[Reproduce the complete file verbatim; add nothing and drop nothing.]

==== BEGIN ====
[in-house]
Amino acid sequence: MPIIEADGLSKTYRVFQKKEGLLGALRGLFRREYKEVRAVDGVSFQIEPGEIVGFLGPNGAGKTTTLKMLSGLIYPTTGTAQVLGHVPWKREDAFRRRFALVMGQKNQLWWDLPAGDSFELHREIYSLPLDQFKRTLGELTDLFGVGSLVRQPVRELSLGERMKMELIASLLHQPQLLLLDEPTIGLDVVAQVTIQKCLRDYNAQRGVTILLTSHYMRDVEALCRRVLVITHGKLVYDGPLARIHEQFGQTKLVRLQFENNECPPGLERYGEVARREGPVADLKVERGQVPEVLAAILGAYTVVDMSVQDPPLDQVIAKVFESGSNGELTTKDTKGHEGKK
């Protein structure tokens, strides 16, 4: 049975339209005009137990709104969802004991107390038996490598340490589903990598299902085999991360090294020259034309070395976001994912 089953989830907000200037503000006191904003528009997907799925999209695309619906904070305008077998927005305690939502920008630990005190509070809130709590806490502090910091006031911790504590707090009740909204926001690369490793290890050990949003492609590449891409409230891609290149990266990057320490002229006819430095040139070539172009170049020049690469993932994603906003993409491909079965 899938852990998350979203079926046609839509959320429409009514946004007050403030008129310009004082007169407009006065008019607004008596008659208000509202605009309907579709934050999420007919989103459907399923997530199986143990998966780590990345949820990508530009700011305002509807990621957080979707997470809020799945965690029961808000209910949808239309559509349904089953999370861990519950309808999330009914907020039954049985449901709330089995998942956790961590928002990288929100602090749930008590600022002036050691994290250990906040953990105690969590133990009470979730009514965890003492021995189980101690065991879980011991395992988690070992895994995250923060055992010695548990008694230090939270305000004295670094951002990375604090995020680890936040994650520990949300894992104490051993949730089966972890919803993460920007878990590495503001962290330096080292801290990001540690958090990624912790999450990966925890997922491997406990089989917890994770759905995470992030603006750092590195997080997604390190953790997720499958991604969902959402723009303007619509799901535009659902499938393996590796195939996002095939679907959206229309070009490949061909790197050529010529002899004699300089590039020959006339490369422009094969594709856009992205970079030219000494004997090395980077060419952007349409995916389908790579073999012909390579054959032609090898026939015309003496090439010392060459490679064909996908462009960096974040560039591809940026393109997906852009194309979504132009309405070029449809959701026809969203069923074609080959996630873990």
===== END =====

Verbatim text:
[in-house]
Amino acid sequence: MPIIEADGLSKTYRVFQKKEGLLGALRGLFRREYKEVRAVDGVSFQIEPGEIVGFLGPNGAGKTTTLKMLSGLIYPTTGTAQVLGHVPWKREDAFRRRFALVMGQKNQLWWDLPAGDSFELHREIYSLPLDQFKRTLGELTDLFGVGSLVRQPVRELSLGERMKMELIASLLHQPQLLLLDEPTIGLDVVAQVTIQKCLRDYNAQRGVTILLTSHYMRDVEALCRRVLVITHGKLVYDGPLARIHEQFGQTKLVRLQFENNECPPGLERYGEVARREGPVADLKVERGQVPEVLAAILGAYTVVDMSVQDPPLDQVIAKVFESGSNGELTTKDTKGHEGKK
């Protein structure tokens, strides 16, 4: 049975339209005009137990709104969802004991107390038996490598340490589903990598299902085999991360090294020259034309070395976001994912 089953989830907000200037503000006191904003528009997907799925999209695309619906904070305008077998927005305690939502920008630990005190509070809130709590806490502090910091006031911790504590707090009740909204926001690369490793290890050990949003492609590449891409409230891609290149990266990057320490002229006819430095040139070539172009170049020049690469993932994603906003993409491909079965 899938852990998350979203079926046609839509959320429409009514946004007050403030008129310009004082007169407009006065008019607004008596008659208000509202605009309907579709934050999420007919989103459907399923997530199986143990998966780590990345949820990508530009700011305002509807990621957080979707997470809020799945965690029961808000209910949808239309559509349904089953999370861990519950309808999330009914907020039954049985449901709330089995998942956790961590928002990288929100602090749930008590600022002036050691994290250990906040953990105690969590133990009470979730009514965890003492021995189980101690065991879980011991395992988690070992895994995250923060055992010695548990008694230090939270305000004295670094951002990375604090995020680890936040994650520990949300894992104490051993949730089966972890919803993460920007878990590495503001962290330096080292801290990001540690958090990624912790999450990966925890997922491997406990089989917890994770759905995470992030603006750092590195997080997604390190953790997720499958991604969902959402723009303007619509799901535009659902499938393996590796195939996002095939679907959206229309070009490949061909790197050529010529002899004699300089590039020959006339490369422009094969594709856009992205970079030219000494004997090395980077060419952007349409995916389908790579073999012909390579054959032609090898026939015309003496090439010392060459490679064909996908462009960096974040560039591809940026393109997906852009194309979504132009309405070029449809959701026809969203069923074609080959996630873990």